NHS England will use “carrots and sticks” to get trusts to comply with data standards and infrastructure requirements, says Tim Kelsey.
Speaking at a health information summit by pressure group Reform earlier this week, NHS England’s director of patients and information said the fragmented health and care service needs to be dealt with and that “we have an unstoppable appetite” for using technology, with 75& of people routinely using the internet.
However, only 2% of us have “digitally engaged with the NHS” said Kelsey.
He added that the National Information Board, which he chairs, will publish its first strategy in the coming weeks, which will set out “how we are going to make the data revolution real for our patients and carers.”
“When that does come out I do hope it will make it clear how the different parts of the health and care family will work in delivering on this agenda.
“The revolution is already happening. The big question to all of use is how we support the revolution to progress rather than stop it.”
He said that the primary care services in the NHS is “the envy of the world” but that “we have been very patient with secondary care and social care to comply with standards.”
“Very few hospitals use the NHS number as a primary identifier of the patient because the software provider has a proprietary number they want them to use,” he said.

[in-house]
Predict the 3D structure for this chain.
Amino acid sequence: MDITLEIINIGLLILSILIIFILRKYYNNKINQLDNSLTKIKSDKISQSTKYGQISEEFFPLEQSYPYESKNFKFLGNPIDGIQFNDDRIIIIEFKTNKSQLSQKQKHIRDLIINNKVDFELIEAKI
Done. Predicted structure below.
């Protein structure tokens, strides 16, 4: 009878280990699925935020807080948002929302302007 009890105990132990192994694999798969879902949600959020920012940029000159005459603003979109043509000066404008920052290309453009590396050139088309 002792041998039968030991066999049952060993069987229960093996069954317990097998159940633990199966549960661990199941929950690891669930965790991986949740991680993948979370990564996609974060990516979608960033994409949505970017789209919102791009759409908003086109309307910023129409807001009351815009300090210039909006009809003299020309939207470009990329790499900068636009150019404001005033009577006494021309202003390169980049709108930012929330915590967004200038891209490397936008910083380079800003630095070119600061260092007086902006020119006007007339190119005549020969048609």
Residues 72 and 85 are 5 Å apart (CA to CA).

“We are going to look at carrots to get hospitals to do this, but also some sticks.”
He explained that this could be “like losing training accreditation for teaching hospitals, for not complying with standards.”
EHI reported earlier this month that between two and four clinical commissioning groups will be selected shortly to begin he pathfinder stage of the care.data programme.
The programme will extract data sets from different organisations, starting with GP practices, and link them to an expanded set of Hospital Episode Statistics within the 'safe haven' of the Health and Social Care Information Centre.
The project was due to start earlier this year, but was “paused” by NHS England after medical and privacy groups objected to a public leaflet campaign that failed to include a clear account of the programme, who would receive the data, or an opt-out form for patients.
The pathfinders will test different communication strategies before moving forward with the data extraction part of the project.
Kelsey said that the CCGs will”help us build up care.data”. When the programme will be rolled out nationally is still uncertain. "We don't prescribe to articificial deadlines", said Kelsey earlier this year.